BIETER: We will, you know, should I be elected, and it's in our our budget forecast, we add many more police officers over the next five years. But when you've got crime down, like we've seen, you know, like I said, 45% since I came in, you're doing it right. You need to continue that. You know, I also have the endorsement of the police union, if they thought that things were skewed, they're not going to be doing that. We want the right number of police. We want to make, you know, we'll take a look at calls for services is one of the things that we look closely at we look at at it an hour of police time, do they have the time to do the touches and community contacts that aren't initiated by calls for service? And we look closely at that, and I meet with the with the officers real regularly. And that's one of the things they tell me in Boise, we get an opportunity to do that we need we can spend part of our hours doing just that. What I told Mike Masterson in our first meetings, your job is to lower crime. And it is a legitimate request of a police chief to do that. And look at the results that we've seen. You know, there are a number of factors. You know, you want to be humble because you don't know exactly what's what's happening. But this is not the case in many cities.

PRENTICE: Other than the fact that you have six challengers what's different this year? You've seen your fair share of campaigns, what's different?

BIETER: I think the differences is at least one of the challengers has been in the city for a decade. And saying, you know, it's time for new things. Yeah. It's a real odd kind of dynamic there, I think. And, you know, you've got individuals and groups that have been, that I've worked closely with, and it's, you know, it's causing some turbulence within their so that's, that's somewhat different.

PRENTICE: Is it you're sense that the voter turnout might be a bit higher this year?

BIETER: Well, I really don't have any idea. And you know, we've talked about that a little in the campaign and then we just, you know, we always make projections on a height turnout higher than you expect. So you can be ready for that, but I really don't know you, like me, George, you know, we're in some bubbles of information and, and issues. And I think by and large, the rest of folks are not in those. You know, we've had some great things going on in the city of Boise, you know, some that are more directly related to city government, but certainly a lot of good things. A lot of good news over time. So I think, you know, people are pretty happy. And maybe that results in the lower turnout, but I just really don't know,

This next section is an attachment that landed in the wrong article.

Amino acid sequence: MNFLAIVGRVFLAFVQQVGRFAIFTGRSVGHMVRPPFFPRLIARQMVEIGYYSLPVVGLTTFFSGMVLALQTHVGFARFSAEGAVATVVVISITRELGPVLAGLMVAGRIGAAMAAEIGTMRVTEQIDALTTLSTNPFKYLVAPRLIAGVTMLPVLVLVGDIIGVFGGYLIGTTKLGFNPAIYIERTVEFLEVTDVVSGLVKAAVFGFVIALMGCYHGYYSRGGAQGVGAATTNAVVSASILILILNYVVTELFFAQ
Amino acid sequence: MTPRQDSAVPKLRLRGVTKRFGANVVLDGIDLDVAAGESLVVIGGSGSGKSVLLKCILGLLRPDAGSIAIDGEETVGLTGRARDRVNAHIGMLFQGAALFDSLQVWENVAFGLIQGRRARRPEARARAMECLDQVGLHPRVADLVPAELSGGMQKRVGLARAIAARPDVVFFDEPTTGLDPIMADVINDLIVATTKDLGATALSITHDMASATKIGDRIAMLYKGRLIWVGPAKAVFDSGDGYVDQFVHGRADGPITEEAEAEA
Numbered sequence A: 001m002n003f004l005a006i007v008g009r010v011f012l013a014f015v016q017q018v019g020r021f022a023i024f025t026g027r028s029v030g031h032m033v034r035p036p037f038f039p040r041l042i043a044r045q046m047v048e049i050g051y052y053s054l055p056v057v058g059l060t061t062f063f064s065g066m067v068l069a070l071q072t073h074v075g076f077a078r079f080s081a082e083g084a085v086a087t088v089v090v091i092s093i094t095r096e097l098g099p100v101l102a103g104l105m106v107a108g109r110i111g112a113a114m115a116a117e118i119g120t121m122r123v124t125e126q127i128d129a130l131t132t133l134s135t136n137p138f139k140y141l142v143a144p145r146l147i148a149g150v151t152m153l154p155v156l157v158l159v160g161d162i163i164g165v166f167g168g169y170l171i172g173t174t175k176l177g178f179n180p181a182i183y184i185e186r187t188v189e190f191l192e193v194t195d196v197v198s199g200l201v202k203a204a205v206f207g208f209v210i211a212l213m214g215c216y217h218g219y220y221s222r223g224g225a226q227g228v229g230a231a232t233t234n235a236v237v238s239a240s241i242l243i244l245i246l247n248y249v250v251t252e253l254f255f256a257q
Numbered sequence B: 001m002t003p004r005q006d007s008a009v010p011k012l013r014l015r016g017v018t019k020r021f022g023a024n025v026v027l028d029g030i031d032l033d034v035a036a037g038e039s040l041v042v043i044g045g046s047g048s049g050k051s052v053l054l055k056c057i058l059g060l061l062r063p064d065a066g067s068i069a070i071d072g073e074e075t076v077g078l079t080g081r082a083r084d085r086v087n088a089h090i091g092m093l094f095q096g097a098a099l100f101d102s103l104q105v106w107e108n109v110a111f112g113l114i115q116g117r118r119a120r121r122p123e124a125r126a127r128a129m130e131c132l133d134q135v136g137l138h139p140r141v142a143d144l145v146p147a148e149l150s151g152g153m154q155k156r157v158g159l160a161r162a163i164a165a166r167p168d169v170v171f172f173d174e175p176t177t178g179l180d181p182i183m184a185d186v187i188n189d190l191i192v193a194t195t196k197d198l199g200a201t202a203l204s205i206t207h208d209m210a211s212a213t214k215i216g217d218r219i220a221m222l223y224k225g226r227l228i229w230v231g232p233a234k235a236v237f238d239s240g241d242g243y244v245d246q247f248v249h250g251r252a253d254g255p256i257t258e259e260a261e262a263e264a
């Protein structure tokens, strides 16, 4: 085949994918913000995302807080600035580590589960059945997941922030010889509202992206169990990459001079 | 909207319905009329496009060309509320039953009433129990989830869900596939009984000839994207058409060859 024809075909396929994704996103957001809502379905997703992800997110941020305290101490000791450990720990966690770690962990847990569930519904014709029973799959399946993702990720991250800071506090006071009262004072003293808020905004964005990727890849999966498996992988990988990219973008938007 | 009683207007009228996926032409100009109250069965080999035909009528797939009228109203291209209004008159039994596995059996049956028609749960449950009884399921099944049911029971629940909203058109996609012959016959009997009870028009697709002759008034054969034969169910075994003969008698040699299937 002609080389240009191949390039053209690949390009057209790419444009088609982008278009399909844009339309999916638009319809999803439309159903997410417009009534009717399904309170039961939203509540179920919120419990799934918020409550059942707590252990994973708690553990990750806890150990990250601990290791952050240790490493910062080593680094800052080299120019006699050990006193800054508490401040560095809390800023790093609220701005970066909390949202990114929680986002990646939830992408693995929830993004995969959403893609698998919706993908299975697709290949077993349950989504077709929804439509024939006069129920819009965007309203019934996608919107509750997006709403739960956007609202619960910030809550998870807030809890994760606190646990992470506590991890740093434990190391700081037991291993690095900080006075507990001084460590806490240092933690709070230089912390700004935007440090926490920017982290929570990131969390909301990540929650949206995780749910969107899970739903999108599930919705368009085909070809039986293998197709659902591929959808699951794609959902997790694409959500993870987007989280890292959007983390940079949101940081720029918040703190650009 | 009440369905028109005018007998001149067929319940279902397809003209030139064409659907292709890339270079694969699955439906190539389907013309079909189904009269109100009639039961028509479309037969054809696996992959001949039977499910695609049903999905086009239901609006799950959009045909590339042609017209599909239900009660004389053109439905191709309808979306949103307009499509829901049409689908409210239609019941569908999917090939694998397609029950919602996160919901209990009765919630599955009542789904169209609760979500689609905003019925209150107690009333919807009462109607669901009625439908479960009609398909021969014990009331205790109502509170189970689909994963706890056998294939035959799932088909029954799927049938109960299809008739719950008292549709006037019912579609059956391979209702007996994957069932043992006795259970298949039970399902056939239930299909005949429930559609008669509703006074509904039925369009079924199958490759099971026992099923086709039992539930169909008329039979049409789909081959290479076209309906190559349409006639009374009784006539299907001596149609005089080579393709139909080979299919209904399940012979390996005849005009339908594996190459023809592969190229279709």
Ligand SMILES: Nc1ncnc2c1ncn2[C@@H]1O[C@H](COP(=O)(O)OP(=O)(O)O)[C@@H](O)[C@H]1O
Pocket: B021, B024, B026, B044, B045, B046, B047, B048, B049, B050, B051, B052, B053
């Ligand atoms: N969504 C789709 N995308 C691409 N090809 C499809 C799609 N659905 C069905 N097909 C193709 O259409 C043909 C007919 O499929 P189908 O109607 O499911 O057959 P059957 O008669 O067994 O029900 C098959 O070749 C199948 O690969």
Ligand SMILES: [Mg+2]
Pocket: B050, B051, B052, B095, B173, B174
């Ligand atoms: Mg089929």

PRENTICE: Do you think at all about a possible runoff?

BIETER: I don't think at all about it. Certainly, it's a possibility. Really, this reminds me of fair amount of my first campaign and we just said, we are going to go with everything we have on, in this case, November 5. And really that's it. You know, I spent a lot of time playing sports when I was growing up. And, you know, they sound kind of cliche, but they are true, there's only one game and that's the game in front of you. And that's what you focus on and don't think about anything else, or anything that might come after that. And that was that was really important, in that first campaign. My opponent started talking about the runoff scenarios. And I thought that's good news, because, you know, they're thinking about other things and my opponents this time are talking about it again, so we just really don't engage it at all. My father was a track coach and used to tell us to run through the tape. Finish strong. That's what we're going to do.

PRENTICE: Your dad ran for office long before you did, I assume that you think of him. Particularly in an election year.

BIETER: It would have been great to talk to him about this because he was a very bright, very bright man. 25 years as a professor at Boise State but even more I think about my mom. She was a Boise native, really lived a Boise life. She was the daughter of Basque immigrants and she was the gold standard in our family and high bar for us to live up to but she felt deeply about this city. My dad used to say when they first married he asked Where do you want to live? And she said, Pat, we can live anywhere you want to as long as I can see the Boise River from there and only only partly kidding, I think or at least it was pretty clear they were going to be here. You know my daughter is the represents the fourth generation of my family that’s called Boise home.

PRENTICE: How old is your daughter now?

BIETER: She's 14. And that really is more than anything what motivates me every day is, you know, to leave the city in as good a place as we possibly can for her and for her children. I think that's the overarching dynamic for me.

PRENTICE: Boise Mayor Dave Bieter. Thank you.

BIETER: Thank you, George.

Transcribed by https://otter.ai

Copyright 2019 Boise State Public Radio

George Prentice has been honored for his decades-long career in broadcast and print journalism. As news editor of Boise Weekly, he won multiple awards for his investigative reporting and took home top prizes in the fields of crime/courts, environmental, health, religion and feature reporting.